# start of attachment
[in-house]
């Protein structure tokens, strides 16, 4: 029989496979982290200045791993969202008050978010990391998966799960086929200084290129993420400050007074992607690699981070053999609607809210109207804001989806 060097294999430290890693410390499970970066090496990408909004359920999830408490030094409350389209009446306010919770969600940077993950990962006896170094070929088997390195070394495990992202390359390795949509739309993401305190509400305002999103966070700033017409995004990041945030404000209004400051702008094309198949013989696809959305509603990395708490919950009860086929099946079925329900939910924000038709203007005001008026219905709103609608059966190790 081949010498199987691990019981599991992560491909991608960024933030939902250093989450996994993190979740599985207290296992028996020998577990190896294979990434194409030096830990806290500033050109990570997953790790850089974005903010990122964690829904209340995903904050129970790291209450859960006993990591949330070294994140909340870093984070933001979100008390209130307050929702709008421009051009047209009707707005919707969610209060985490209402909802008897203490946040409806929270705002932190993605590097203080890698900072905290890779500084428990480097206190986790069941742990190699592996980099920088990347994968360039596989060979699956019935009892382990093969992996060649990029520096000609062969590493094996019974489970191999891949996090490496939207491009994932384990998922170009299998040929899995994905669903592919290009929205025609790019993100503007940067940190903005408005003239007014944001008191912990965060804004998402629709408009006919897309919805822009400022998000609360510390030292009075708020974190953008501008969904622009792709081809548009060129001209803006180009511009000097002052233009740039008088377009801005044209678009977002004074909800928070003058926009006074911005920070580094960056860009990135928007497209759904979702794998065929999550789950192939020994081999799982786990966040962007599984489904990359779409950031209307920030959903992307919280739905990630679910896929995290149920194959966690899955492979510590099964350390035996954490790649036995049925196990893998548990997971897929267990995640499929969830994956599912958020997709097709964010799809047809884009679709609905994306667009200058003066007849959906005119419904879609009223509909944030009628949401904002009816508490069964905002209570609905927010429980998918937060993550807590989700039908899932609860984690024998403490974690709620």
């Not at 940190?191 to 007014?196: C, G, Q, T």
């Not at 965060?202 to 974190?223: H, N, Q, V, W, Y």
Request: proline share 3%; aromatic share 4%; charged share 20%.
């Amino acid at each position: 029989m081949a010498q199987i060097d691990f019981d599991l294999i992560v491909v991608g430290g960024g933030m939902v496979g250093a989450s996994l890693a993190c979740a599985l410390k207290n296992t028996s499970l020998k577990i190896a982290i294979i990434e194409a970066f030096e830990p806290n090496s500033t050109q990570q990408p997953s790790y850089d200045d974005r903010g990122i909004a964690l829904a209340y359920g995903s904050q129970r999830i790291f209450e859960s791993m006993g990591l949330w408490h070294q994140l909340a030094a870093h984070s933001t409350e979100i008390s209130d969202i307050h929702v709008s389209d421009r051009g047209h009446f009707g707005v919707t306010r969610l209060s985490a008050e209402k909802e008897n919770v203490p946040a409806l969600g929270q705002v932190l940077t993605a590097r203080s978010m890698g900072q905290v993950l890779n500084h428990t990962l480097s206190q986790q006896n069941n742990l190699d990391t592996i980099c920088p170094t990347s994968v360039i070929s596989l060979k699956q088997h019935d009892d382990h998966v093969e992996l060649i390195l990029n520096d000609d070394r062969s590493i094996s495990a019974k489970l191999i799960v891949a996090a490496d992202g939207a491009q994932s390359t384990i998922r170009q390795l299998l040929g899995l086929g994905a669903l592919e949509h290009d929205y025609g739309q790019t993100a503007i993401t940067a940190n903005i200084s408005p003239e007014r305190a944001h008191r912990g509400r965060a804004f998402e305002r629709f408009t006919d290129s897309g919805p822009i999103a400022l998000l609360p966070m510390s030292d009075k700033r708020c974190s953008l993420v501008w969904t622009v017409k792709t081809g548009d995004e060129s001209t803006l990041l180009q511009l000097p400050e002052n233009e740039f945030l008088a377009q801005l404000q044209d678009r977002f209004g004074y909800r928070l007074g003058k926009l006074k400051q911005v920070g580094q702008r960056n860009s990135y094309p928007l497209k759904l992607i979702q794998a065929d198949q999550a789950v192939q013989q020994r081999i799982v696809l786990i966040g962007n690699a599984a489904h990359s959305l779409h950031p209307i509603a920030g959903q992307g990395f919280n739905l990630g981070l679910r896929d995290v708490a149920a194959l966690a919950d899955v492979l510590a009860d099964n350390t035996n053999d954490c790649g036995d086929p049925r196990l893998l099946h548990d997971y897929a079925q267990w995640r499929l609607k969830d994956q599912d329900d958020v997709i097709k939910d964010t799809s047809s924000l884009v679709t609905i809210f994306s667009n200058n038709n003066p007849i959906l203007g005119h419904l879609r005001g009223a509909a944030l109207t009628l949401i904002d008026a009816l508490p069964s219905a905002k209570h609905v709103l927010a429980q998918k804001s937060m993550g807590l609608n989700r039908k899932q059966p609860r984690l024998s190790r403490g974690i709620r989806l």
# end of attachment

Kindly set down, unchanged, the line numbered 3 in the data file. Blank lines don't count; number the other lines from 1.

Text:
């Not at 940190?191 to 007014?196: C, G, Q, T």